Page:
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How Unclaimed Property May Impact Sales and Use Tax

Kristine Butterbaugh
Posted by Kristine Butterbaugh on Sep 2, 2021 9:27:04 AM

When you think of sales and use tax compliance, unclaimed property (UP) compliance always comes to mind, right? I presume this finds you shaking your head and muttering under your breath about how ridiculous that sounds. Of course, UP is not always the first thing that is associated with sales and use tax. However, when you think about sales and use tax, the process of money transfer and subsequent payments, there is always the potential risk for UP to arise.

Helping your clients understand UP, and how it may apply to their business, is essential to maintaining overall tax compliance. Once you recognize your clients’ UP obligations, it will be easier to comprehend how it ties to their sales and use tax obligations as well. Compliance is compliance, and both UP and sales and use tax are a legal responsibility of doing business in the United States.

UP and sales and use tax are not directly related ― one does not create the other. However, when companies are considering their sales and use tax regulatory obligations, considering potential UP regulatory obligations should be occurring simultaneously.

It has been estimated by states and audit firms that less than 20% of organizations are in full compliance with UP law. Companies across numerous industries often don’t know they have an UP obligation until they find themselves under audit or receiving a compliance invitation letter from a state. As states look to cover revenue shortfalls, UP is a prime target for recouping revenue through compliance enforcement. When businesses are evaluating compliance for sales and use tax, UP should be a natural part of that regulatory consideration.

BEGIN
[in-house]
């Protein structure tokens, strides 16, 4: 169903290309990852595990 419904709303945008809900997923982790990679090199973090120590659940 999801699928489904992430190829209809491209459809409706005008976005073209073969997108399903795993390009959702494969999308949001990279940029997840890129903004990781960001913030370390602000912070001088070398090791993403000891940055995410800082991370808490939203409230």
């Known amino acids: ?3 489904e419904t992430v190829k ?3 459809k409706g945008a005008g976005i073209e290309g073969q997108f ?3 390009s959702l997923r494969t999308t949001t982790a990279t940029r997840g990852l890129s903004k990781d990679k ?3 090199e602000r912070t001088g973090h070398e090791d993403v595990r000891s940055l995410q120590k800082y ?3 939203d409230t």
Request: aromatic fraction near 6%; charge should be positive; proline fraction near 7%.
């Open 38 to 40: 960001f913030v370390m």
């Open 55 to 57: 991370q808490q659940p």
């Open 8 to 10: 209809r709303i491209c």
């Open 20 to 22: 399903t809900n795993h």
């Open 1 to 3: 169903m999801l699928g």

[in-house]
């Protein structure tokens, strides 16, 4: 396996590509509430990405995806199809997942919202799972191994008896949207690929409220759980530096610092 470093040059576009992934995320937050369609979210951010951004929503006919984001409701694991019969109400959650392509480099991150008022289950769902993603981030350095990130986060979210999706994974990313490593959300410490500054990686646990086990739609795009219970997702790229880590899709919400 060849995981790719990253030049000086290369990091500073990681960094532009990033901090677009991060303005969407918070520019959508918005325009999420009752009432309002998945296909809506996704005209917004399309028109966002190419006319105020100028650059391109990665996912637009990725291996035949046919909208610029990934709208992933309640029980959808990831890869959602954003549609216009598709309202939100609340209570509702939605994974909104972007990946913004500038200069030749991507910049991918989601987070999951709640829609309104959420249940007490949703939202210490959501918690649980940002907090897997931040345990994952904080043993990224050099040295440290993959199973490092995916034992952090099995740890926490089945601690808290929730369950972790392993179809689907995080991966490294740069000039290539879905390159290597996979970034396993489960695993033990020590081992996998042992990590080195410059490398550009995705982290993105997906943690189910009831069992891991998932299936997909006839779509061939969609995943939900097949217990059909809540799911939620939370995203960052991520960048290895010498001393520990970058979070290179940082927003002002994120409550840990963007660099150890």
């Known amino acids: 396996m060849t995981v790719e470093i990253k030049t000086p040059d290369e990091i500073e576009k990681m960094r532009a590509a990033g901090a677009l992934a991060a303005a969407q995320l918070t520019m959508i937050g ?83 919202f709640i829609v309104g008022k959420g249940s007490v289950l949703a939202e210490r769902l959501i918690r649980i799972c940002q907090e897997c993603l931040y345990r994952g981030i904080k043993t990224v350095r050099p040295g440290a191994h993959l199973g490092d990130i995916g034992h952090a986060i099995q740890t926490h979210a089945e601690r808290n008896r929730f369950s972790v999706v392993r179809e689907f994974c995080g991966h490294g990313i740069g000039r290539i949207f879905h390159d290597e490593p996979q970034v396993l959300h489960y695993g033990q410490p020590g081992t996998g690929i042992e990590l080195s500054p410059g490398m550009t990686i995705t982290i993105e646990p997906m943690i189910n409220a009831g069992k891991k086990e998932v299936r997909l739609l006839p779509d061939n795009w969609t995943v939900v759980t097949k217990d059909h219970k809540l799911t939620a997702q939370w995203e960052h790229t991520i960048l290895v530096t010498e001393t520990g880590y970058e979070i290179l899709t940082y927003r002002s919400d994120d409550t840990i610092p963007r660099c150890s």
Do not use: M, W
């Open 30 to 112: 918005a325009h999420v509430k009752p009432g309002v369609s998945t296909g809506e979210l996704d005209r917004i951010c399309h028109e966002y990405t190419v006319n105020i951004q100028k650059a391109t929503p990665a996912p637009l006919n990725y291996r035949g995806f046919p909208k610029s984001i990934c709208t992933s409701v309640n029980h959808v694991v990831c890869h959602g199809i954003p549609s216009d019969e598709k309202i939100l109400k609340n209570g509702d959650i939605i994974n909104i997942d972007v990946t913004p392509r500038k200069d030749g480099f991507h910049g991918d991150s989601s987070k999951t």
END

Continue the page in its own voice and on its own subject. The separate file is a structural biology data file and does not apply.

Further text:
Unexpected examples of unclaimed property

No industry is immune from the regulatory requirements of unclaimed property. For retail organizations, UP can present itself through such transactions as uncashed payroll checks, credit balances or even unused gift cards. If a retail organization sells gift cards, but they end up not being used by customers, that could be considered unclaimed property in some reporting jurisdictions.

Furthermore, a retailer may not realize that different states could have different reporting requirements for companies to follow. For example, let’s say a retailer is incorporated in Iowa but is conducting business with organizations in Colorado, New Mexico and Minnesota. That retailer must follow UP reporting requirements for each of those three states if the last known address was with that vendor in those respective states. The retailer cannot assume that each of those states has similar reporting requirements to Iowa.

How audits can reveal unclaimed property

Audits are another way that companies could realize that they have an UP compliance obligation. Internal audits may uncover a compliance gap and allow a company to engage with a vendor, like Sovos, to guide them through the process of coming into compliance with the states, thereby minimizing any potential penalties and fines.  

Additionally, external audits have been known to target specific industries. If an unclaimed property audit of a competitor in your industry uncovers a failure to comply, that could lead to future audits focusing on your industry, exposing you to audit risk. The state might decide that if one business had an issue, then the issue might be industry-wide.

Comparisons between state tax filings and unclaimed property filings could also reveal potential instances of a compliance gap. If a company makes a tax filing to the state, but is not reporting UP, that could pose a red flag and initiate state compliance review.

Non-regulated industries and non-financial institutions don’t always realize that failing to account for UP could put them at risk. Everything from payroll to vendor checks to uncashed gift cards to customer overpayments needs to be thoroughly reviewed to ensure that there are no cases of UP. Furthermore, each department should be evaluated because the possible exposure could occur in any area of a business.

Once you understand UP liabilities, it’s time to create an action plan and set of policies and procedures for regularly checking for potential UP. Working with the right partner can help build out a compliance plan, streamline unclaimed property due diligence and reporting and create a year-round calendar to maintain compliance.  

Topics: Sales Tax

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